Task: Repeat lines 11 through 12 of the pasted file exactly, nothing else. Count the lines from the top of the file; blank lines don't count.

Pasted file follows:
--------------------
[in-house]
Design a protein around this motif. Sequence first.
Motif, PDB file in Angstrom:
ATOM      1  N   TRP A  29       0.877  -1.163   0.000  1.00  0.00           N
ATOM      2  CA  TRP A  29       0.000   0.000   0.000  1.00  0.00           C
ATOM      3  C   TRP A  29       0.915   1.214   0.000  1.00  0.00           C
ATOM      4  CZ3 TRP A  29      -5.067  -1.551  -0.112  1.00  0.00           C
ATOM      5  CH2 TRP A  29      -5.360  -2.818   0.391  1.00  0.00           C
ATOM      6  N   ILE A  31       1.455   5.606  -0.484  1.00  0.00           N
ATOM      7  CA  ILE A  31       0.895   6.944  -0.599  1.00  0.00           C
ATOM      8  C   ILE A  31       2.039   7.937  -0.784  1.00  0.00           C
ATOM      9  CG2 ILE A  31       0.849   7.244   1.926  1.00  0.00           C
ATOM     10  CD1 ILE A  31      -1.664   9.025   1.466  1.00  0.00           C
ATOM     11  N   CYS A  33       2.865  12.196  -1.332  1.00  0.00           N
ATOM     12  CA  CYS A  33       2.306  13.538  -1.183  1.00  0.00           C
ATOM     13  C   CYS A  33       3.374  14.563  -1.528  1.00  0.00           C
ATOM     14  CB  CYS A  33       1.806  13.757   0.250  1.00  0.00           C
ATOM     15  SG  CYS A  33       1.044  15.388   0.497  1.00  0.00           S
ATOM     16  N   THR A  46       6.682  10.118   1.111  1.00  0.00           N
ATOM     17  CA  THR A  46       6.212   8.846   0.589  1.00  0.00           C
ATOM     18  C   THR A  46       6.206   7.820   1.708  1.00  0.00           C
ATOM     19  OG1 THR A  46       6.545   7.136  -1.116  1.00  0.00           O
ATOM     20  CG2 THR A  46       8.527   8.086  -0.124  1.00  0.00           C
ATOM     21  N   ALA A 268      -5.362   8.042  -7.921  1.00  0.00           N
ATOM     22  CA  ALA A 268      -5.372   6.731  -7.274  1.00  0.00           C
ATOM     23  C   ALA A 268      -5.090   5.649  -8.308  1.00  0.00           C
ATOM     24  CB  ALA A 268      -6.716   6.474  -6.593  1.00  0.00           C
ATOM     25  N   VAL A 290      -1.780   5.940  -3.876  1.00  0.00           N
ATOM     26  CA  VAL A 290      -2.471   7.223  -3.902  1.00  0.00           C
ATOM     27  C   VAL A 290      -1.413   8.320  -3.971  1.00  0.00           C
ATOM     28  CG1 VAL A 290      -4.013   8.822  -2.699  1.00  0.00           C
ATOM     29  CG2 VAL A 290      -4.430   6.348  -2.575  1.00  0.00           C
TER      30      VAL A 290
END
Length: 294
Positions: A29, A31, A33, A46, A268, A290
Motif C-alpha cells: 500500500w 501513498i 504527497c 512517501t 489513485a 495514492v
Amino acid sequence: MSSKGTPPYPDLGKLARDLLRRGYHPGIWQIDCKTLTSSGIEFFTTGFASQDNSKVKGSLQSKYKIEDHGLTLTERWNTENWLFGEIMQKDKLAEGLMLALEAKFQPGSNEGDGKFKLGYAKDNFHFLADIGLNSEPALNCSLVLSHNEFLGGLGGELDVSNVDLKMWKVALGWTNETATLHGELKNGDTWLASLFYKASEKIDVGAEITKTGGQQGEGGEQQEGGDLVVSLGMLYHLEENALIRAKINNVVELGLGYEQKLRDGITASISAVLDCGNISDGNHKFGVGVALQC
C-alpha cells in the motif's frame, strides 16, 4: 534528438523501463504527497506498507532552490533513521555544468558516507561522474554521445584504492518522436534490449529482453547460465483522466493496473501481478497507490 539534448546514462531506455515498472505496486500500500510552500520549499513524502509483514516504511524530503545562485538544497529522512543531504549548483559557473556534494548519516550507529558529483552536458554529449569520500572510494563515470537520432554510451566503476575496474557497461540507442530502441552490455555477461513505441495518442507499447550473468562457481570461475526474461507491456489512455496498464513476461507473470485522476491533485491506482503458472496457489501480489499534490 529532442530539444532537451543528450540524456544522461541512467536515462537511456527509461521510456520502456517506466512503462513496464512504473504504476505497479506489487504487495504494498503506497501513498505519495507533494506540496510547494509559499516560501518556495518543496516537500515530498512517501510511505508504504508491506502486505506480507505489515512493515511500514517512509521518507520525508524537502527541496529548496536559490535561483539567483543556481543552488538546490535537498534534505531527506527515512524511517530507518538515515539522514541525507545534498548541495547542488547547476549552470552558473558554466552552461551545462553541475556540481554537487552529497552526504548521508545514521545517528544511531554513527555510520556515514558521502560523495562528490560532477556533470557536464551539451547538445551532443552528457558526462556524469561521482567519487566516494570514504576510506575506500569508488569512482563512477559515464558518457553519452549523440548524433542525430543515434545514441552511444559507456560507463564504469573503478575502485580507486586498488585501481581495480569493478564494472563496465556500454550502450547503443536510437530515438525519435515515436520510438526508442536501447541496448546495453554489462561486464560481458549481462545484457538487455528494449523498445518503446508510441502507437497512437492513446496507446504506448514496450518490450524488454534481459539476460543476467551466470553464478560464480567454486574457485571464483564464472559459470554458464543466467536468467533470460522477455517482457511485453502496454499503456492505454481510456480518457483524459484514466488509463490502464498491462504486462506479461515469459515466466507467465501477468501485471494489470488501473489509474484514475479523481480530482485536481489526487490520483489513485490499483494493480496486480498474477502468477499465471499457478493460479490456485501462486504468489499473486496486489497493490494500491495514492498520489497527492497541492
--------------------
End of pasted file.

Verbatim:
ATOM      8  C   ILE A  31       2.039   7.937  -0.784  1.00  0.00           C
ATOM      9  CG2 ILE A  31       0.849   7.244   1.926  1.00  0.00           C